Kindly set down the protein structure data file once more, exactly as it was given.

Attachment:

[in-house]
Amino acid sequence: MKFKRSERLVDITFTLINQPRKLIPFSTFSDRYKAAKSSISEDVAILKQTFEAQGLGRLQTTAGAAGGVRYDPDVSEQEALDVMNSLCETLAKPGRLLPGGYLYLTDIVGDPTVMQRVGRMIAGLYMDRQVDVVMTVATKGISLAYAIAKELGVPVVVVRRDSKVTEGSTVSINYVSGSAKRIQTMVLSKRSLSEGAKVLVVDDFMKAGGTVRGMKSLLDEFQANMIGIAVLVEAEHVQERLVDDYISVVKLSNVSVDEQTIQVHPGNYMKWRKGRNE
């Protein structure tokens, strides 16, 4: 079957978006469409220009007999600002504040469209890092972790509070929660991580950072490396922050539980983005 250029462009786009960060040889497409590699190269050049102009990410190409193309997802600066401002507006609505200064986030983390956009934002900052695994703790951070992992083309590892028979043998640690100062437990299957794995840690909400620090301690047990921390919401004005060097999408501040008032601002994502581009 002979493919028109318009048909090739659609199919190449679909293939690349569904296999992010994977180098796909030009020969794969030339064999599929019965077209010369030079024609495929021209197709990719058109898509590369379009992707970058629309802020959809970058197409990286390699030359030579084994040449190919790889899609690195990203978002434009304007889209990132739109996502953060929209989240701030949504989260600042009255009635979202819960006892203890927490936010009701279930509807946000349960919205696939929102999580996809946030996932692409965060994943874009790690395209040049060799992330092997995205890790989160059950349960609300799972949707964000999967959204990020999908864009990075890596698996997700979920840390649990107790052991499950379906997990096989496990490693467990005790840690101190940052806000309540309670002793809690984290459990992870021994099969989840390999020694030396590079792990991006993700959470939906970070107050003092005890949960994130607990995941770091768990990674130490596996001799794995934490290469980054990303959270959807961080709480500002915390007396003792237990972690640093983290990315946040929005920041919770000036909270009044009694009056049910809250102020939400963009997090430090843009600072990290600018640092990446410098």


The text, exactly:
[in-house]
Amino acid sequence: MKFKRSERLVDITFTLINQPRKLIPFSTFSDRYKAAKSSISEDVAILKQTFEAQGLGRLQTTAGAAGGVRYDPDVSEQEALDVMNSLCETLAKPGRLLPGGYLYLTDIVGDPTVMQRVGRMIAGLYMDRQVDVVMTVATKGISLAYAIAKELGVPVVVVRRDSKVTEGSTVSINYVSGSAKRIQTMVLSKRSLSEGAKVLVVDDFMKAGGTVRGMKSLLDEFQANMIGIAVLVEAEHVQERLVDDYISVVKLSNVSVDEQTIQVHPGNYMKWRKGRNE
């Protein structure tokens, strides 16, 4: 079957978006469409220009007999600002504040469209890092972790509070929660991580950072490396922050539980983005 250029462009786009960060040889497409590699190269050049102009990410190409193309997802600066401002507006609505200064986030983390956009934002900052695994703790951070992992083309590892028979043998640690100062437990299957794995840690909400620090301690047990921390919401004005060097999408501040008032601002994502581009 002979493919028109318009048909090739659609199919190449679909293939690349569904296999992010994977180098796909030009020969794969030339064999599929019965077209010369030079024609495929021209197709990719058109898509590369379009992707970058629309802020959809970058197409990286390699030359030579084994040449190919790889899609690195990203978002434009304007889209990132739109996502953060929209989240701030949504989260600042009255009635979202819960006892203890927490936010009701279930509807946000349960919205696939929102999580996809946030996932692409965060994943874009790690395209040049060799992330092997995205890790989160059950349960609300799972949707964000999967959204990020999908864009990075890596698996997700979920840390649990107790052991499950379906997990096989496990490693467990005790840690101190940052806000309540309670002793809690984290459990992870021994099969989840390999020694030396590079792990991006993700959470939906970070107050003092005890949960994130607990995941770091768990990674130490596996001799794995934490290469980054990303959270959807961080709480500002915390007396003792237990972690640093983290990315946040929005920041919770000036909270009044009694009056049910809250102020939400963009997090430090843009600072990290600018640092990446410098």